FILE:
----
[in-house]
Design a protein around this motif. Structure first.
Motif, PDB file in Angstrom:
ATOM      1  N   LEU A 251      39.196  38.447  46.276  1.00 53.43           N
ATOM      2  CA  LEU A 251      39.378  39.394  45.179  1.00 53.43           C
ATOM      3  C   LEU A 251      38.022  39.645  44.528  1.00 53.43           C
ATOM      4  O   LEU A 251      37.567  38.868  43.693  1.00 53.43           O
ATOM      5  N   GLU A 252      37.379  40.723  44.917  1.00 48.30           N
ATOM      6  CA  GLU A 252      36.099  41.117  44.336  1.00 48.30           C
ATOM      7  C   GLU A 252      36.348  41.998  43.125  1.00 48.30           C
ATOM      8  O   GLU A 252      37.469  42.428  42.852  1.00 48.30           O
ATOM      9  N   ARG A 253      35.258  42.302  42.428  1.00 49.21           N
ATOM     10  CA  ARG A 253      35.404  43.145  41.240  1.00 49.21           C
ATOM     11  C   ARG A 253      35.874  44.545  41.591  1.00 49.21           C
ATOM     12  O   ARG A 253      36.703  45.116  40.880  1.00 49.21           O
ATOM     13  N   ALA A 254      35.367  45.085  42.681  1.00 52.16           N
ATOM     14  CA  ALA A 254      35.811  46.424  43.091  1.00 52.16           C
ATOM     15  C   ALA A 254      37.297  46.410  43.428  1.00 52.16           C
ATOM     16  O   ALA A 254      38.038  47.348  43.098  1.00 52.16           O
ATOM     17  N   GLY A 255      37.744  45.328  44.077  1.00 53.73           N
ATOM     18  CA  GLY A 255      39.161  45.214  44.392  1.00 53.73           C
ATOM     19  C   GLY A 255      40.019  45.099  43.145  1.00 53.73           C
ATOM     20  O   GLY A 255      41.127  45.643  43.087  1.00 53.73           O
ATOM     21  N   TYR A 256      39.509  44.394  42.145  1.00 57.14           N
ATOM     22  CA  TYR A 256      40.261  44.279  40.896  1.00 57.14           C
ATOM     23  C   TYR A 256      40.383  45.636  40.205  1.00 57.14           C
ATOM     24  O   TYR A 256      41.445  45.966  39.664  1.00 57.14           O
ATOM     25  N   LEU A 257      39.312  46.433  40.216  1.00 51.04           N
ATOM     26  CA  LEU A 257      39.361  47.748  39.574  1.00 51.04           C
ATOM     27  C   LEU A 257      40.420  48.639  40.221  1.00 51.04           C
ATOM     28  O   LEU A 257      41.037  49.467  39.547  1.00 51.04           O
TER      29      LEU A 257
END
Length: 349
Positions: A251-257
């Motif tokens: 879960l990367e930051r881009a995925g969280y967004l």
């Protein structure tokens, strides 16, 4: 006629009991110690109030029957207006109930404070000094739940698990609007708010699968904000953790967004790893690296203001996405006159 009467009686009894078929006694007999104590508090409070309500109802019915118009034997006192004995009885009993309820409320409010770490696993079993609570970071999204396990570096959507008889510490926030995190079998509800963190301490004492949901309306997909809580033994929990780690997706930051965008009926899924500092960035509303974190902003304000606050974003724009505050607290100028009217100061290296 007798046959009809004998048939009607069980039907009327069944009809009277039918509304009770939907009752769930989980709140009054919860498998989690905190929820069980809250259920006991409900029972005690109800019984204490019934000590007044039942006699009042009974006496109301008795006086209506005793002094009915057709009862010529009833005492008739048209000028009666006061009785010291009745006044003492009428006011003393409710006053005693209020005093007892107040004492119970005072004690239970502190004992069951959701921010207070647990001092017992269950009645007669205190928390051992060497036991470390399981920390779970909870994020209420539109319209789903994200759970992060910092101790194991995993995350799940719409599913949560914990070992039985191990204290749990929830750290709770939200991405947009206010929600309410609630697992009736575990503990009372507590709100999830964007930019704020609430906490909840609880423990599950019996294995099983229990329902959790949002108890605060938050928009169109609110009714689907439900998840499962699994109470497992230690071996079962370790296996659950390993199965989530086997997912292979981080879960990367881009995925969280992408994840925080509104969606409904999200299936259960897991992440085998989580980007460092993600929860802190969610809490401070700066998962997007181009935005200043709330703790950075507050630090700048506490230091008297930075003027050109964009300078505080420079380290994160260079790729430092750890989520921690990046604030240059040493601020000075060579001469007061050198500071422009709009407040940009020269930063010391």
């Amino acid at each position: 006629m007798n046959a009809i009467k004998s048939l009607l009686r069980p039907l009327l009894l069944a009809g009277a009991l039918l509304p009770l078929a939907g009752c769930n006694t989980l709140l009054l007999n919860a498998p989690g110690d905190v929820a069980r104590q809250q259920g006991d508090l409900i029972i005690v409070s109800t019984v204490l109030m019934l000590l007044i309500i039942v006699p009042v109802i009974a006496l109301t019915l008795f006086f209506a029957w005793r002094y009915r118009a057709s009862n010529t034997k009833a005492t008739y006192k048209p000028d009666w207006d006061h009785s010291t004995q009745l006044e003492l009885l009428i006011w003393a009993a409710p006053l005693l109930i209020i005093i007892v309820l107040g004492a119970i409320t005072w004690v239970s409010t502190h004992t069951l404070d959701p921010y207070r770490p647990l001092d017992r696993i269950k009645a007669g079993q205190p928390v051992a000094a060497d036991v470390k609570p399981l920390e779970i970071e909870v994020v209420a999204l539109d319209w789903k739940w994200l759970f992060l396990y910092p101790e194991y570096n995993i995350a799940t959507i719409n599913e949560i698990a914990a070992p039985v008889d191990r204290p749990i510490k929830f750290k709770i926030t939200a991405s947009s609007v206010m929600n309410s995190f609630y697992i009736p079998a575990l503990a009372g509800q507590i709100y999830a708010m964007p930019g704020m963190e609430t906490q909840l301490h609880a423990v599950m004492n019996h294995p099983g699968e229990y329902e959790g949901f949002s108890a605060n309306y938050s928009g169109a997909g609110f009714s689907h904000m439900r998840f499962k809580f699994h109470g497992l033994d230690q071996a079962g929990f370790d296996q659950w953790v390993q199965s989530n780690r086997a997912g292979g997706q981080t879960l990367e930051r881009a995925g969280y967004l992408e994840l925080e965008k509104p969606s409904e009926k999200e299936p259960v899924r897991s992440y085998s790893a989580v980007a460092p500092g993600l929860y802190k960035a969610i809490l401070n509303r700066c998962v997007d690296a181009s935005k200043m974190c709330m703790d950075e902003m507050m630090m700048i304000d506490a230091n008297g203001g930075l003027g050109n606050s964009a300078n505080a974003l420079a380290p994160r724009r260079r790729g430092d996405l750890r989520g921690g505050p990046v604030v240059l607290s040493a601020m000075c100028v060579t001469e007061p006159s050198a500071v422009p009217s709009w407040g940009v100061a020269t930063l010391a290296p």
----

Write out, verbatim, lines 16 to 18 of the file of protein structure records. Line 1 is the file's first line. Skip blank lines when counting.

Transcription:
ATOM     13  N   ALA A 254      35.367  45.085  42.681  1.00 52.16           N
ATOM     14  CA  ALA A 254      35.811  46.424  43.091  1.00 52.16           C
ATOM     15  C   ALA A 254      37.297  46.410  43.428  1.00 52.16           C